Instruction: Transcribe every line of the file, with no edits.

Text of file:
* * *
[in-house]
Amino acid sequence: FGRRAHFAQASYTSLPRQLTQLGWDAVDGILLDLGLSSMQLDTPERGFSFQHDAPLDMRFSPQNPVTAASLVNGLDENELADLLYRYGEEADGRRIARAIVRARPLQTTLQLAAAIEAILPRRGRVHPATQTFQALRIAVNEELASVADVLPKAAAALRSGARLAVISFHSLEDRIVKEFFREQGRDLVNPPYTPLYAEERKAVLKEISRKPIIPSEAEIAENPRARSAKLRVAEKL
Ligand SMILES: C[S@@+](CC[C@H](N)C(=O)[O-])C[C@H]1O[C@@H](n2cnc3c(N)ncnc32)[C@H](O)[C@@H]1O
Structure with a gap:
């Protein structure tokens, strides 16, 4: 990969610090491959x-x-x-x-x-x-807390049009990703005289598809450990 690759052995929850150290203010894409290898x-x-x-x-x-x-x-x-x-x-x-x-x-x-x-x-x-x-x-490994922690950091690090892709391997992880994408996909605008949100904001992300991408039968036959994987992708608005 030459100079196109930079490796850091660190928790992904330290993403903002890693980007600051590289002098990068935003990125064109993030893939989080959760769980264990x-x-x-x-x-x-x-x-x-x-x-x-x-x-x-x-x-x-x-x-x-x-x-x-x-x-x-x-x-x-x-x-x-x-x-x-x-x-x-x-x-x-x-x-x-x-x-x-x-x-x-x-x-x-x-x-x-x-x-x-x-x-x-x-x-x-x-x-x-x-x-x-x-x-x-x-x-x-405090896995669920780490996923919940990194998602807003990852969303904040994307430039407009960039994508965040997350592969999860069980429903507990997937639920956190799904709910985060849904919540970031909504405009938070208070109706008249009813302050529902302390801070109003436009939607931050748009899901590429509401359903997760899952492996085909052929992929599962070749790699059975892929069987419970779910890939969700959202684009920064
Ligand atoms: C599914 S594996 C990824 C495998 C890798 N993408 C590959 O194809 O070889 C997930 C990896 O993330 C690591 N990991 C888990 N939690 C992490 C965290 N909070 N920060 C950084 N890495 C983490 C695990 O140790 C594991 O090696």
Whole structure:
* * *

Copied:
[in-house]
Amino acid sequence: FGRRAHFAQASYTSLPRQLTQLGWDAVDGILLDLGLSSMQLDTPERGFSFQHDAPLDMRFSPQNPVTAASLVNGLDENELADLLYRYGEEADGRRIARAIVRARPLQTTLQLAAAIEAILPRRGRVHPATQTFQALRIAVNEELASVADVLPKAAAALRSGARLAVISFHSLEDRIVKEFFREQGRDLVNPPYTPLYAEERKAVLKEISRKPIIPSEAEIAENPRARSAKLRVAEKL
Ligand SMILES: C[S@@+](CC[C@H](N)C(=O)[O-])C[C@H]1O[C@@H](n2cnc3c(N)ncnc32)[C@H](O)[C@@H]1O
Structure with a gap:
């Protein structure tokens, strides 16, 4: 990969610090491959x-x-x-x-x-x-807390049009990703005289598809450990 690759052995929850150290203010894409290898x-x-x-x-x-x-x-x-x-x-x-x-x-x-x-x-x-x-x-490994922690950091690090892709391997992880994408996909605008949100904001992300991408039968036959994987992708608005 030459100079196109930079490796850091660190928790992904330290993403903002890693980007600051590289002098990068935003990125064109993030893939989080959760769980264990x-x-x-x-x-x-x-x-x-x-x-x-x-x-x-x-x-x-x-x-x-x-x-x-x-x-x-x-x-x-x-x-x-x-x-x-x-x-x-x-x-x-x-x-x-x-x-x-x-x-x-x-x-x-x-x-x-x-x-x-x-x-x-x-x-x-x-x-x-x-x-x-x-x-x-x-x-x-405090896995669920780490996923919940990194998602807003990852969303904040994307430039407009960039994508965040997350592969999860069980429903507990997937639920956190799904709910985060849904919540970031909504405009938070208070109706008249009813302050529902302390801070109003436009939607931050748009899901590429509401359903997760899952492996085909052929992929599962070749790699059975892929069987419970779910890939969700959202684009920064
Ligand atoms: C599914 S594996 C990824 C495998 C890798 N993408 C590959 O194809 O070889 C997930 C990896 O993330 C690591 N990991 C888990 N939690 C992490 C965290 N909070 N920060 C950084 N890495 C983490 C695990 O140790 C594991 O090696």
Whole structure: